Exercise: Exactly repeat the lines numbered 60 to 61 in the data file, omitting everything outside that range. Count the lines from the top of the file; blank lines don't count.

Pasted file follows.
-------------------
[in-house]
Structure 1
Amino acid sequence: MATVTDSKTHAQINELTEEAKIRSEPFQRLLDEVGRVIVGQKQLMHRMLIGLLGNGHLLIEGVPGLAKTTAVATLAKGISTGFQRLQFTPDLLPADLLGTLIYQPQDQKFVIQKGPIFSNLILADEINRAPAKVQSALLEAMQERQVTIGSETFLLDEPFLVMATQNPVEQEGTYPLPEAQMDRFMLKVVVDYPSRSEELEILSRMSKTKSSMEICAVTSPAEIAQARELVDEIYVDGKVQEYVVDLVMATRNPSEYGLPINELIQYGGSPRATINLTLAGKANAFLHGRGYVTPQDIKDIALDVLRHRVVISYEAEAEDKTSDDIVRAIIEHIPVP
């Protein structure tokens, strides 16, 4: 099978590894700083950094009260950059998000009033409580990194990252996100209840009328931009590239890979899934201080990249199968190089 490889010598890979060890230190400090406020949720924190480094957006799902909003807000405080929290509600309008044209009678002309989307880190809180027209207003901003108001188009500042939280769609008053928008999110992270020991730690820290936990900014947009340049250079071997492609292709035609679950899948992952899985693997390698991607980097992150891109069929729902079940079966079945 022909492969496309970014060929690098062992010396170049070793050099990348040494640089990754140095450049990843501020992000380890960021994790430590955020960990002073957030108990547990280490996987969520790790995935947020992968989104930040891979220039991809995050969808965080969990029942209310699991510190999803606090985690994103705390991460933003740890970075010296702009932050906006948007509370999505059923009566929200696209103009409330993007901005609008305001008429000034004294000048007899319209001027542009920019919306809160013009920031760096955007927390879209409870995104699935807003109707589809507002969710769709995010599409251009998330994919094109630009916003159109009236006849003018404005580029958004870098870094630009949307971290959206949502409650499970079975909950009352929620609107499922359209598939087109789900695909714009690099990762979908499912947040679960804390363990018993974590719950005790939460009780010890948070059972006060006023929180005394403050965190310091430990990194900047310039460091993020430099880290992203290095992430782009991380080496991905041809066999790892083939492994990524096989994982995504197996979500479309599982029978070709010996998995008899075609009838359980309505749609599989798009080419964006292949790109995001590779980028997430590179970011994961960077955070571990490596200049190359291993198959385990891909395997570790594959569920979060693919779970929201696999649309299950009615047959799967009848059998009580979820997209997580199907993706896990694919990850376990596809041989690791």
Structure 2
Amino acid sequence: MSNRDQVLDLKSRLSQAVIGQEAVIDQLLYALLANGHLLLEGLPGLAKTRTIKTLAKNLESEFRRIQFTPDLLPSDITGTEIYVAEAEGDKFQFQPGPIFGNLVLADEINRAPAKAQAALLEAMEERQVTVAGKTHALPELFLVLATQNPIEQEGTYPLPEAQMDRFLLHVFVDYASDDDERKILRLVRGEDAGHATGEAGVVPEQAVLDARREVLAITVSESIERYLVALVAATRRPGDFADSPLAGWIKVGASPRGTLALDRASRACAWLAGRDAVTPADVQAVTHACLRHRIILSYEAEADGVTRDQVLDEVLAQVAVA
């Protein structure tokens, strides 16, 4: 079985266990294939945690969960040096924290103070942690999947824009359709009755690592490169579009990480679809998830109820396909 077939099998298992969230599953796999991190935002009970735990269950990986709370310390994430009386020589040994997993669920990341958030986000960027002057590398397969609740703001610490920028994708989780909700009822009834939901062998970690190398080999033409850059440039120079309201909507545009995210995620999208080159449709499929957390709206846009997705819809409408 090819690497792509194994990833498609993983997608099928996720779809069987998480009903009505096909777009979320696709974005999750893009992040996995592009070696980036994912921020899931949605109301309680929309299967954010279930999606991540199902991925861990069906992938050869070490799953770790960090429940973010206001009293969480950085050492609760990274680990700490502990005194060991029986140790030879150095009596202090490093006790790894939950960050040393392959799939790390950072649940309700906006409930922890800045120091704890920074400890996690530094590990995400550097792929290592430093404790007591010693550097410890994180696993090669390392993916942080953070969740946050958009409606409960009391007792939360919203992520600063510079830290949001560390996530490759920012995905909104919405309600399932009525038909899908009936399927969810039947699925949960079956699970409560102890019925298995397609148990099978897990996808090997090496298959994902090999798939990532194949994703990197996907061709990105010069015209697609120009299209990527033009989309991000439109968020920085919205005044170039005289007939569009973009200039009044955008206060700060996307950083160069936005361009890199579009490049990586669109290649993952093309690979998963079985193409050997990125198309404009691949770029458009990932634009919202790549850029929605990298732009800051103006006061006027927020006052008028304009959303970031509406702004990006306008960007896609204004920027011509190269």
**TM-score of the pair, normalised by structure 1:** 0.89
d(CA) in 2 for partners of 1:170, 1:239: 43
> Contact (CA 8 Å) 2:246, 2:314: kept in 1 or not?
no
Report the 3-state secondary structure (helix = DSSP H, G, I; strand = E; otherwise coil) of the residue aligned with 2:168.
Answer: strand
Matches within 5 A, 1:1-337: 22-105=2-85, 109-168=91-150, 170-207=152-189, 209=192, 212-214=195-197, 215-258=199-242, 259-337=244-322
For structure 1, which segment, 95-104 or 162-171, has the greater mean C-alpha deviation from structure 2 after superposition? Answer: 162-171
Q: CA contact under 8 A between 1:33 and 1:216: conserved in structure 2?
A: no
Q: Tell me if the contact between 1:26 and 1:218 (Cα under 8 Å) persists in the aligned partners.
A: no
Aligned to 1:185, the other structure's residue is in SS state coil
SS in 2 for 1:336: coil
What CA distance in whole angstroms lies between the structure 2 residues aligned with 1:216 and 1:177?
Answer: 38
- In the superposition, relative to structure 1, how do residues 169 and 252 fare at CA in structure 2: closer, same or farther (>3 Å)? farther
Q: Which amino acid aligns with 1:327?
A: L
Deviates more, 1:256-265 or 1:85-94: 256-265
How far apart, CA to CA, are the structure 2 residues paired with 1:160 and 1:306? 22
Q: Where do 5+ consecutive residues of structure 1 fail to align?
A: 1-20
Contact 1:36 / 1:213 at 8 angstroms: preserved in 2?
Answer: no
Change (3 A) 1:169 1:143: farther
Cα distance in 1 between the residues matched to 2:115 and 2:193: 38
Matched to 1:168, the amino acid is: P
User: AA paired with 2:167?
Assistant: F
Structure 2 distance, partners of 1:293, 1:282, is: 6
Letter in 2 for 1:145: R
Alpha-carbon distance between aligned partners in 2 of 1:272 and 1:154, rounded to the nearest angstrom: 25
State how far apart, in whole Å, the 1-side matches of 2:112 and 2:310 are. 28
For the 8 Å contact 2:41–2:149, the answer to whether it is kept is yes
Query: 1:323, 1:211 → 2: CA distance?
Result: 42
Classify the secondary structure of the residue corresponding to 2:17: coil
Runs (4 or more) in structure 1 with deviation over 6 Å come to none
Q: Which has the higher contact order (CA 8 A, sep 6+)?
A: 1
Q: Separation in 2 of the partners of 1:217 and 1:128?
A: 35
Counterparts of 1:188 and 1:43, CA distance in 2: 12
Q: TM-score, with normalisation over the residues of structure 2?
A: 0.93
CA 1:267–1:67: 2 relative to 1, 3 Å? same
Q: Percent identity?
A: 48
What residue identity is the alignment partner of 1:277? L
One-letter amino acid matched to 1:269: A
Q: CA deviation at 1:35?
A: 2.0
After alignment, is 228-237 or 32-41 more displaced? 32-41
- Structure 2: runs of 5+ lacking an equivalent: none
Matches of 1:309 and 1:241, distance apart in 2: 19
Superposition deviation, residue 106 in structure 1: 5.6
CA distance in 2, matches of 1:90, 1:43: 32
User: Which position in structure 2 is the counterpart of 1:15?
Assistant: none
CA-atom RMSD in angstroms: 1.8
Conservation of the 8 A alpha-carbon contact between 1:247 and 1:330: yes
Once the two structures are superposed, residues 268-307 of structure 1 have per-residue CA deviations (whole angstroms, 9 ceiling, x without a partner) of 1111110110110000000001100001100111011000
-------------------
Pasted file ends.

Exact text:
A: 2.0
After alignment, is 228-237 or 32-41 more displaced? 32-41